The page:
The Colon Cancer Foundation (CCF) spoke with Dr. Rami James Aoun, 11th winner of the Dr. Thomas K. Weber Colorectal Cancer Research Scholar Award, for his work looking at biomarkers of radiation response in rectal cancer patients. He is a surgical resident at The Ohio State Wexner Medical Center. Instituted in 2011 by CCF and the Society of Surgical Oncology to recognize translational research focused on the molecular biology of colorectal cancer, the award was renamed in 2020 to honor CCF’s founder, the late Dr. Thomas K. Weber.

Born in West Palm Beach, Florida, Dr. Aoun was raised in Beirut, Lebanon, where he was a student at the American University of Beirut. After completing his undergraduate years and medical school, Dr. Aoun joined Columbia University in New York where he received a Master of Public Health degree in Healthcare Management and Policy. As part of his ongoing residency at The Ohio State Wexner Medical Center, he is completing a research fellowship with Dr. Matthew Kalady, a colorectal surgeon at The James Cancer Center.

Dr. Rami James Aoun

Q: What motivated you to work in the oncology research space, and colorectal cancer in particular?

Dr. Aoun: I am motivated to work in oncology research because I have seen some of my own family members suffer from cancer. However, what specifically interests me in colon cancer research are the patients that I encounter here at The James Cancer Center and my mentors. Their guidance when I was a junior resident was extremely important to set the direction for me as a future colorectal surgeon. That’s how I met Dr. Kalady, and now I am a part of his lab conducting research on colorectal cancer, with the goal of improving patient care outcomes.

Q: Can you summarize the significance of your findings for which you have received this award? Can you also share the prior work or observations that laid the foundation for this project?

Dr. Aoun: We observed a difference in how patients with rectal cancer reacted to neoadjuvant radiation therapy. Some of the patients who were exposed to neoadjuvant therapy had a complete response—the cancer disappeared. However, there were patients who had almost no response to the therapy. The response can be determined and graded by examining the tumor under a microscope. Patients who had a better response end up living longer without cancer.

We sought to identify the reason certain cancers responded to neoadjuvant radiation and certain cancers did not. To do that, we tried to understand these cancers at the genetic level by studying how a rectal cancer expressed particular genes, as measured by mRNA. By comparing the gene expression in both, patients who responded to radiation therapy and those who did not, we were able to obtain a gene signature that helps us identify patterns of gene expression that are different between responders and non-responders.

While this is just a starting point, it can help us develop a more predictive model to use clinically. Once we validate this model, we could be able to distinguish between a responder and non-responder to radiation based on the gene expression that we obtained from their biopsies even before any treatment is administered. This would allow us to provide individualized patient-specific therapy and avoid any unnecessary treatments and procedures.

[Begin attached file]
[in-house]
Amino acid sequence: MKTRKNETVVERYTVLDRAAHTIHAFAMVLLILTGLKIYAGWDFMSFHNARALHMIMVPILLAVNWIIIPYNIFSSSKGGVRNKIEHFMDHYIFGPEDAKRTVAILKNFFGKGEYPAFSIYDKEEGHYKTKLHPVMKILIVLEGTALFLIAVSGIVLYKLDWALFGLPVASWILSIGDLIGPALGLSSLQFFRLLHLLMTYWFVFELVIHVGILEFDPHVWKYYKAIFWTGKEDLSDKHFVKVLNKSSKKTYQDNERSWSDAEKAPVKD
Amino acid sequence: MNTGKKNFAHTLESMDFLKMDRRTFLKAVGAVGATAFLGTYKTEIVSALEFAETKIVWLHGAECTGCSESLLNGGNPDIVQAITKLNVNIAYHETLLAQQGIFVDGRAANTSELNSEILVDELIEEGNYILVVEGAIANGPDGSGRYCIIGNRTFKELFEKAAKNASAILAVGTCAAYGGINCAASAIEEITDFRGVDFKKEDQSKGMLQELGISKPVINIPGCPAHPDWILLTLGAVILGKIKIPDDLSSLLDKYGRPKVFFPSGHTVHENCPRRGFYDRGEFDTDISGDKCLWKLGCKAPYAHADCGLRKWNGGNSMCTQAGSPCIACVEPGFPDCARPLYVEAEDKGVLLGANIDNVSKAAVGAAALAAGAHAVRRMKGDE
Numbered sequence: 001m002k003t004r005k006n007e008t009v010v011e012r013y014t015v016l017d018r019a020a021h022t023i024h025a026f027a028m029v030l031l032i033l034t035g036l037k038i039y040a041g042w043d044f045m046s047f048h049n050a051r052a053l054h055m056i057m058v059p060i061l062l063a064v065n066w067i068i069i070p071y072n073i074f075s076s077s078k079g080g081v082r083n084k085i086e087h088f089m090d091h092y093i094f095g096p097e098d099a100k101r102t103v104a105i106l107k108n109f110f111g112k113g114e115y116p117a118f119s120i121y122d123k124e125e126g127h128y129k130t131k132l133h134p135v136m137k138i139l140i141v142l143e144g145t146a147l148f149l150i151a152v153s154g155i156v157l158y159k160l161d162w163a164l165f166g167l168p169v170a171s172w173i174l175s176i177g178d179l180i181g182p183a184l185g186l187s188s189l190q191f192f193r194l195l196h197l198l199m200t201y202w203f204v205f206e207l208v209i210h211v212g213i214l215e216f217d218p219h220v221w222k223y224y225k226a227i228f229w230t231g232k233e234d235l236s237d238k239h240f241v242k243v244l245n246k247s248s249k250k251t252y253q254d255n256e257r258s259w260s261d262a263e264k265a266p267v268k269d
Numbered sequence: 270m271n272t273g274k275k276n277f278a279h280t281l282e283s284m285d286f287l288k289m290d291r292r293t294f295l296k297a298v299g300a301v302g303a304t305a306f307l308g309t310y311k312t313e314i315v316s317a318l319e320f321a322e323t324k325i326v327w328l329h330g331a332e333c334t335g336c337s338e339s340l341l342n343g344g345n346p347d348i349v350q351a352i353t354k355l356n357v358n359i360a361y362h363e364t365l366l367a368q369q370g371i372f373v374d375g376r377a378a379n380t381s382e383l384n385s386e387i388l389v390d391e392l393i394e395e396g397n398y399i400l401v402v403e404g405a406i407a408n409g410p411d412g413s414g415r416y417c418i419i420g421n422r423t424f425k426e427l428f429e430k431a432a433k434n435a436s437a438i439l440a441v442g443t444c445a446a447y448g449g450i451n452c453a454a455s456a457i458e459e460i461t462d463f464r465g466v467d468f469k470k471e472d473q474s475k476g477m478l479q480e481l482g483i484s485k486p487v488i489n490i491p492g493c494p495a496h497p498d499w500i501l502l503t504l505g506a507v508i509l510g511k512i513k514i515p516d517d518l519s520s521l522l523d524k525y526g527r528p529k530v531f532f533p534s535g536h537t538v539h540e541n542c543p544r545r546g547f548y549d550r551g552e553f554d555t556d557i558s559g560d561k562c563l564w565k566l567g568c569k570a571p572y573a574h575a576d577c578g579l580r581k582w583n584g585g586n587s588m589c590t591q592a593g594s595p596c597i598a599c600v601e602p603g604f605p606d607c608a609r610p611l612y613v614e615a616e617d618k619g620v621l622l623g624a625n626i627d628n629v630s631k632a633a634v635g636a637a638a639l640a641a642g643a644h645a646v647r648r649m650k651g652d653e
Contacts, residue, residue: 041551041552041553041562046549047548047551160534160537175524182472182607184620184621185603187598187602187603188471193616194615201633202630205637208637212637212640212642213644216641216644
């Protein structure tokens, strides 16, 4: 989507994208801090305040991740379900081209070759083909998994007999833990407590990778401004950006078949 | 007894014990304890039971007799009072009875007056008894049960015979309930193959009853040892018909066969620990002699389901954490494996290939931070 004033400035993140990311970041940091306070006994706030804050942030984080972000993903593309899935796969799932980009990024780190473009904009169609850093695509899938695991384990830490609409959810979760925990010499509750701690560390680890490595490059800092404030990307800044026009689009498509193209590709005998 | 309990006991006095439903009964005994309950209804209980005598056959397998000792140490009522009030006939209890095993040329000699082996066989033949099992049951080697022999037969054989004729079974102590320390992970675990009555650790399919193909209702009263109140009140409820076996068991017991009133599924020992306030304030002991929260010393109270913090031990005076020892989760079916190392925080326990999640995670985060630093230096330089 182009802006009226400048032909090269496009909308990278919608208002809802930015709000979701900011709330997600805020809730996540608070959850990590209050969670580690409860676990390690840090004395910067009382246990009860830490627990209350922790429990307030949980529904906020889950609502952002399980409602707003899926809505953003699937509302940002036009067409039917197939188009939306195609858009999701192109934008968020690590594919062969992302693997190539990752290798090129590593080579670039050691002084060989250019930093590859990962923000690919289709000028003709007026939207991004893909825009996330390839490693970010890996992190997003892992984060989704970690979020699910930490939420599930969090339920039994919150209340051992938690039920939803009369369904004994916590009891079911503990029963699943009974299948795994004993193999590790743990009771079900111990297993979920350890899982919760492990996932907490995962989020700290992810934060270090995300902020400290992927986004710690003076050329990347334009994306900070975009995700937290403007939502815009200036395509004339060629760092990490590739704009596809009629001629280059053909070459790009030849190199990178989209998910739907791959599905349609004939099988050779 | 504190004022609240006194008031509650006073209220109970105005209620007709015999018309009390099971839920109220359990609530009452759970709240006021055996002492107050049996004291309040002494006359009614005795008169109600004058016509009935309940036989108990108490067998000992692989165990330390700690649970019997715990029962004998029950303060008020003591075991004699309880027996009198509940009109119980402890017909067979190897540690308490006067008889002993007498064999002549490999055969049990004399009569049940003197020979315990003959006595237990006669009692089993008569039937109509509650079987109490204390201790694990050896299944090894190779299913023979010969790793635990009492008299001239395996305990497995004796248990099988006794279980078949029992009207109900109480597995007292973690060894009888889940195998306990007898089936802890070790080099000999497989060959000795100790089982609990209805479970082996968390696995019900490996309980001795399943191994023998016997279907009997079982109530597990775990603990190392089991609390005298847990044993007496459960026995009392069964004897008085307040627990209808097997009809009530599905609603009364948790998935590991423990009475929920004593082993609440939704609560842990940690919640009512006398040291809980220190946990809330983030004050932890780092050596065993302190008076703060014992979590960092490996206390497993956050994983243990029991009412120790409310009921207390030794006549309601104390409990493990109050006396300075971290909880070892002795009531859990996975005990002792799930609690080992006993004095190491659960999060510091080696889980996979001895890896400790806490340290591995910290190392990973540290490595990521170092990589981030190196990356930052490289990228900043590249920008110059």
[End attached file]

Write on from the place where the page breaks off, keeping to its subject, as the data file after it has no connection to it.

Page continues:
We also think that certain genes in this signature can be further studied to see if they might be able to be blocked or changed to improve the response to treatment.

Q: What was the size of your current cohort and what is the ‘n’ that you are looking for to be able to validate your study results?

Dr. Aoun: Our ‘n’, or sample size, was 33 patients for this study. In genetic studies like this, it is difficult to design a statistical power needed to validate, but we hope to test this in about 100 different patients.

Q: Did you see any commonality in the gene signatures between rectal cancer and colon cancer?

Dr. Aoun: The gene signature we investigated was related to radiation resistance in rectal cancer, whereas colon cancer is not usually treated with radiation therapy. So, we did not study this for colon cancer. However, some of the pathways we identified are known to be relevant to colon cancer. In terms of the common pathways, what we know is the WNT pathway specifically is involved in the development and progression of colon cancer and rectal cancer. In the gene signature that we identified, six of the genes are involved in the WNT pathway. So, the question is whether the WNT pathway is also involved in radiation resistance in rectal cancer.

Q: Rectal cancer has been steadily increasing in the younger population. Do we know why that may be happening?

Dr. Aoun: An increasing number of younger patients are being afflicted with colorectal cancer and we don’t fully know why. There are lots of different theories about diet, lifestyle, and the microbiome (i.e. the bacterial content in the colon and rectum). This is a hot area of research and many groups are trying to figure out this question.